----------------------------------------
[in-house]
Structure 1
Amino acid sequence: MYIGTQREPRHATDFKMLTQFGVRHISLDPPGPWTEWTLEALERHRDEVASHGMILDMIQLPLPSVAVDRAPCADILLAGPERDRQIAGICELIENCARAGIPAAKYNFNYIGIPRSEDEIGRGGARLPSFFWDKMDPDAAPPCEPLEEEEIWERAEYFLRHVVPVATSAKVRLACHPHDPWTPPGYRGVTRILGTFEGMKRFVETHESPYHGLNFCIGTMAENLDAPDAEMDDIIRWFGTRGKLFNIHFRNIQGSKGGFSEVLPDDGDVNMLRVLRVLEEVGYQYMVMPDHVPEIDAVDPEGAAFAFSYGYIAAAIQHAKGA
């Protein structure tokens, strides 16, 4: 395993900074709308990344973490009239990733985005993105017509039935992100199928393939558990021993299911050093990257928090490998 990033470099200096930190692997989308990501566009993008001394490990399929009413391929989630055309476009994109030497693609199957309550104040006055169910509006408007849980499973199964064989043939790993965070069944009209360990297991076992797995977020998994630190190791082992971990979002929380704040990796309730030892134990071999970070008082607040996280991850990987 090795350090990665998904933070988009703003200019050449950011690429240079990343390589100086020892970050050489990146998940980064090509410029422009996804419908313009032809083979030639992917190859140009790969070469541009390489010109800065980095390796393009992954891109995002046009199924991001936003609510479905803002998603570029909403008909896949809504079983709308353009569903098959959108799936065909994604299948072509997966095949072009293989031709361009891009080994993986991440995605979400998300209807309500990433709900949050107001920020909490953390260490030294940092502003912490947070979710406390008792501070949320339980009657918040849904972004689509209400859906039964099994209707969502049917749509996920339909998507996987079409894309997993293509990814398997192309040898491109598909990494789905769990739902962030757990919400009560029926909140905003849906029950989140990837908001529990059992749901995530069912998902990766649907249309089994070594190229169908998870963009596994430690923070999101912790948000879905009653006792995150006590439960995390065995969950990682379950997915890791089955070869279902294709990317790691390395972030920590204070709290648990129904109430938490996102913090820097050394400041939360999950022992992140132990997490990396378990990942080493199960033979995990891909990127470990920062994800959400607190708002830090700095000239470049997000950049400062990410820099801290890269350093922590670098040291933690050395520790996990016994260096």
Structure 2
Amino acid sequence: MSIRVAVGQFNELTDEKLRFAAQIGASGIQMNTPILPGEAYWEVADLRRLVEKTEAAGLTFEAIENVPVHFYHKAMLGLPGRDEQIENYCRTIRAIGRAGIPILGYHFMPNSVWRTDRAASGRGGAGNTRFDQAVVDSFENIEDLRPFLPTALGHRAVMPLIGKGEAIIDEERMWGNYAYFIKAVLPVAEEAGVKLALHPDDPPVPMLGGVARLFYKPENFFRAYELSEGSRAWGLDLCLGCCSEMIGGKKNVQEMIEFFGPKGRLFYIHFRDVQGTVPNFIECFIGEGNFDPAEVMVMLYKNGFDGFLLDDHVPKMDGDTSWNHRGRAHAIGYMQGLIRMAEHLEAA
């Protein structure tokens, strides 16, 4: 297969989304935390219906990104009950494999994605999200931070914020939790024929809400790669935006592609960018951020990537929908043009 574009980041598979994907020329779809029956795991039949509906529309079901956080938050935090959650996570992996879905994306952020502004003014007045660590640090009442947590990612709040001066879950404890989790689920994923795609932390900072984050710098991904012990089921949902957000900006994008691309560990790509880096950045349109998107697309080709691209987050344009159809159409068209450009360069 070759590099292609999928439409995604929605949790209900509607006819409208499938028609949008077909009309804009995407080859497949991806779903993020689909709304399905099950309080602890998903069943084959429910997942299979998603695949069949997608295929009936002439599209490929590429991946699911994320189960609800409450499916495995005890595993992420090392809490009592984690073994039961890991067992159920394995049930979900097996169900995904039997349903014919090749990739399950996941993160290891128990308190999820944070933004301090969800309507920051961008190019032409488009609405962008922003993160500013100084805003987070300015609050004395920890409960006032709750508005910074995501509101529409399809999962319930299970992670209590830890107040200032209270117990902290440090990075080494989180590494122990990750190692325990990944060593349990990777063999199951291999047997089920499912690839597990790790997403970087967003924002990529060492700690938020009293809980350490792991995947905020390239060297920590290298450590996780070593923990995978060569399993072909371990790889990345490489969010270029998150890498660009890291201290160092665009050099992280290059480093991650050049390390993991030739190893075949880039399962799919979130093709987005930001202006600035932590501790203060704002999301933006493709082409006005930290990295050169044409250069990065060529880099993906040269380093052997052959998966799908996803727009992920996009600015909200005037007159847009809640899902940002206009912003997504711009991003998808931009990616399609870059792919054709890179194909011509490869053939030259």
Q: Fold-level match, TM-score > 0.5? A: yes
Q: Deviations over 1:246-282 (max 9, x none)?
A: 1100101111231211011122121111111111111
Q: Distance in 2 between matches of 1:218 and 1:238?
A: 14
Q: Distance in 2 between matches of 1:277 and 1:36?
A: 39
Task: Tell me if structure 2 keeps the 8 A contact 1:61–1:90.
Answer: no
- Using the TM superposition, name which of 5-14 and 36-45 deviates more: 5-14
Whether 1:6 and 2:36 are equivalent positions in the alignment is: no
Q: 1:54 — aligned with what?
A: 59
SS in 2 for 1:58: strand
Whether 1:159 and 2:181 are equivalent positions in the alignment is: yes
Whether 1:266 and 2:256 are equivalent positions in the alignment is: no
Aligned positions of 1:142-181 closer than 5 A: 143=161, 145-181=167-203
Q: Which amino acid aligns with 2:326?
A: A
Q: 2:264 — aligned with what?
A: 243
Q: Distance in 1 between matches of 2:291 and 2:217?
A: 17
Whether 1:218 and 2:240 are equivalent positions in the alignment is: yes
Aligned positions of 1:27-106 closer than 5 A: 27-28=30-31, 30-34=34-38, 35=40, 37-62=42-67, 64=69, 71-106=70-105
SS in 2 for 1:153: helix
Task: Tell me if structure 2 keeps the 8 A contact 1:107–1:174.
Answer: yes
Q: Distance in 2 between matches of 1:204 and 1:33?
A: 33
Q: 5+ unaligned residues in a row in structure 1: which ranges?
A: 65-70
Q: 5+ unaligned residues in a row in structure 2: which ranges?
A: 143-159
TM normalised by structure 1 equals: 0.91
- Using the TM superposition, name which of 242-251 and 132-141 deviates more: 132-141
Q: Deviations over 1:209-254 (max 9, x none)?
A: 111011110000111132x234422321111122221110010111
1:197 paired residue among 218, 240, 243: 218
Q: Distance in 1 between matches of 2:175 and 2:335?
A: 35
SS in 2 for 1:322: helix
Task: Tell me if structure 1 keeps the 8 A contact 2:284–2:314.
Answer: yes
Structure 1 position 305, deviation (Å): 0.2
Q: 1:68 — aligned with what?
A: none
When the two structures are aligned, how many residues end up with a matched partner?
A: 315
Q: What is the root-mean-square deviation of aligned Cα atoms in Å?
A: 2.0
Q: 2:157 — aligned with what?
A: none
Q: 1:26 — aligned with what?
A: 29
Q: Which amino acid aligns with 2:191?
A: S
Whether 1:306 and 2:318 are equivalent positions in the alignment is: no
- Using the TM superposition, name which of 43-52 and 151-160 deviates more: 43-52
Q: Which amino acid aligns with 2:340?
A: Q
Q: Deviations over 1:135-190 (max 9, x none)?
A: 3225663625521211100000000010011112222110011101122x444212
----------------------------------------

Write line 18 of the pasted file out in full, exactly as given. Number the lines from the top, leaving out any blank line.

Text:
Whether 1:6 and 2:36 are equivalent positions in the alignment is: no